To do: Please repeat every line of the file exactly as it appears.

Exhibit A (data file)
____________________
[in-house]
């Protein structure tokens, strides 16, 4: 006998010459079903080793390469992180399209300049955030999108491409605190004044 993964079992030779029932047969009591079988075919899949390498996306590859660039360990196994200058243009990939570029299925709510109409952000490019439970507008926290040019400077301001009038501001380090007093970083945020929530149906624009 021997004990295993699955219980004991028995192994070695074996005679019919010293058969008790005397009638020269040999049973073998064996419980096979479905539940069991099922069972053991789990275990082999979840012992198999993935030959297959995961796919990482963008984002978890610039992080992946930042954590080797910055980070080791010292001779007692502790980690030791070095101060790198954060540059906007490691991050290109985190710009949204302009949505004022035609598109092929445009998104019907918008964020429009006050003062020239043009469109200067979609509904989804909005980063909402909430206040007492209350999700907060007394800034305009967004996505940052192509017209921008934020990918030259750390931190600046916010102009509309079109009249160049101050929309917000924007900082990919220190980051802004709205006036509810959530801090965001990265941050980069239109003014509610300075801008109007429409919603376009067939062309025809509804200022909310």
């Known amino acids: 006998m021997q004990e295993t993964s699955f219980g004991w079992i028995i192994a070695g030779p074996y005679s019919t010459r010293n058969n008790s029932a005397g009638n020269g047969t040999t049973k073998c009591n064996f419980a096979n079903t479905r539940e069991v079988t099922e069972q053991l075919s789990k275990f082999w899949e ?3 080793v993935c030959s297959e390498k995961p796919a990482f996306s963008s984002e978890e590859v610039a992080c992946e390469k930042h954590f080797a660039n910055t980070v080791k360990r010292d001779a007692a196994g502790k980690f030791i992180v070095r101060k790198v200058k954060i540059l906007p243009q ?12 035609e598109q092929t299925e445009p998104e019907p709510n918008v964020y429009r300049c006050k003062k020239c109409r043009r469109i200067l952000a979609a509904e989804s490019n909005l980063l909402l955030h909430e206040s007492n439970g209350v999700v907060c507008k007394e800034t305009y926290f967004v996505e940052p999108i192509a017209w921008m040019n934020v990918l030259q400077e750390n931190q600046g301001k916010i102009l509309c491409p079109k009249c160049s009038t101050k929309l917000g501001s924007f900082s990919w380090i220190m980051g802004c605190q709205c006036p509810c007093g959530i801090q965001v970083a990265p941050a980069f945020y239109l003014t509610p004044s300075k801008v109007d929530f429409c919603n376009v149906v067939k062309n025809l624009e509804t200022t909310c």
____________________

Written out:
[in-house]
């Protein structure tokens, strides 16, 4: 006998010459079903080793390469992180399209300049955030999108491409605190004044 993964079992030779029932047969009591079988075919899949390498996306590859660039360990196994200058243009990939570029299925709510109409952000490019439970507008926290040019400077301001009038501001380090007093970083945020929530149906624009 021997004990295993699955219980004991028995192994070695074996005679019919010293058969008790005397009638020269040999049973073998064996419980096979479905539940069991099922069972053991789990275990082999979840012992198999993935030959297959995961796919990482963008984002978890610039992080992946930042954590080797910055980070080791010292001779007692502790980690030791070095101060790198954060540059906007490691991050290109985190710009949204302009949505004022035609598109092929445009998104019907918008964020429009006050003062020239043009469109200067979609509904989804909005980063909402909430206040007492209350999700907060007394800034305009967004996505940052192509017209921008934020990918030259750390931190600046916010102009509309079109009249160049101050929309917000924007900082990919220190980051802004709205006036509810959530801090965001990265941050980069239109003014509610300075801008109007429409919603376009067939062309025809509804200022909310």
């Known amino acids: 006998m021997q004990e295993t993964s699955f219980g004991w079992i028995i192994a070695g030779p074996y005679s019919t010459r010293n058969n008790s029932a005397g009638n020269g047969t040999t049973k073998c009591n064996f419980a096979n079903t479905r539940e069991v079988t099922e069972q053991l075919s789990k275990f082999w899949e ?3 080793v993935c030959s297959e390498k995961p796919a990482f996306s963008s984002e978890e590859v610039a992080c992946e390469k930042h954590f080797a660039n910055t980070v080791k360990r010292d001779a007692a196994g502790k980690f030791i992180v070095r101060k790198v200058k954060i540059l906007p243009q ?12 035609e598109q092929t299925e445009p998104e019907p709510n918008v964020y429009r300049c006050k003062k020239c109409r043009r469109i200067l952000a979609a509904e989804s490019n909005l980063l909402l955030h909430e206040s007492n439970g209350v999700v907060c507008k007394e800034t305009y926290f967004v996505e940052p999108i192509a017209w921008m040019n934020v990918l030259q400077e750390n931190q600046g301001k916010i102009l509309c491409p079109k009249c160049s009038t101050k929309l917000g501001s924007f900082s990919w380090i220190m980051g802004c605190q709205c006036p509810c007093g959530i801090q965001v970083a990265p941050a980069f945020y239109l003014t509610p004044s300075k801008v109007d929530f429409c919603n376009v149906v067939k062309n025809l624009e509804t200022t909310c």